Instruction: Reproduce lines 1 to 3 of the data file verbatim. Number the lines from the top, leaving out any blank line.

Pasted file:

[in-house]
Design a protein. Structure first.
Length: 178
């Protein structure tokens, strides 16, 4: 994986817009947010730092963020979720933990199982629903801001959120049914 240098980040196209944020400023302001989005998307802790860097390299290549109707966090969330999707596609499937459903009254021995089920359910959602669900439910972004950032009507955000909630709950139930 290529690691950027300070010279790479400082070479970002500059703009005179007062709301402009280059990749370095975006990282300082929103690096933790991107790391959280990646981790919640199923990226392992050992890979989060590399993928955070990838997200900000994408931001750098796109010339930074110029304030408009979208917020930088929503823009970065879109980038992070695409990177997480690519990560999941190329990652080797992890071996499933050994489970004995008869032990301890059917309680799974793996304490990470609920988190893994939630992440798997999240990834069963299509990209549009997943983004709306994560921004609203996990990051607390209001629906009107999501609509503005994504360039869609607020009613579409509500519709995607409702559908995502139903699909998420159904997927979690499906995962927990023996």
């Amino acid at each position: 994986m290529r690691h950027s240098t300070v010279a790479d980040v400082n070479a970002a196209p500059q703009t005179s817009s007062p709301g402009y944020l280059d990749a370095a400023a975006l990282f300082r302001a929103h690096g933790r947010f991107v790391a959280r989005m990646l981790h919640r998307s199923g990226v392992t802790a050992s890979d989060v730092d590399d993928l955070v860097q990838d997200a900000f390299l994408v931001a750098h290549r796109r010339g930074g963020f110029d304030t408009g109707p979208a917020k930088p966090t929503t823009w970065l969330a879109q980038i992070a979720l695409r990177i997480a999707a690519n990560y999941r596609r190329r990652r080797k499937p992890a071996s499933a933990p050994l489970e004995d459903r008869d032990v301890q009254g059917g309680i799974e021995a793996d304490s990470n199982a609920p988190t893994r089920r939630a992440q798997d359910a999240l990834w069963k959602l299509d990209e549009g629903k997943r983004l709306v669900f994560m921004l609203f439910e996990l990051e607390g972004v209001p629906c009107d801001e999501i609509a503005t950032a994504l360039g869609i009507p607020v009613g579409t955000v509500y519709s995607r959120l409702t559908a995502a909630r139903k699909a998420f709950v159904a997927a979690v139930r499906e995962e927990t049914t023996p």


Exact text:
[in-house]
Design a protein. Structure first.
Length: 178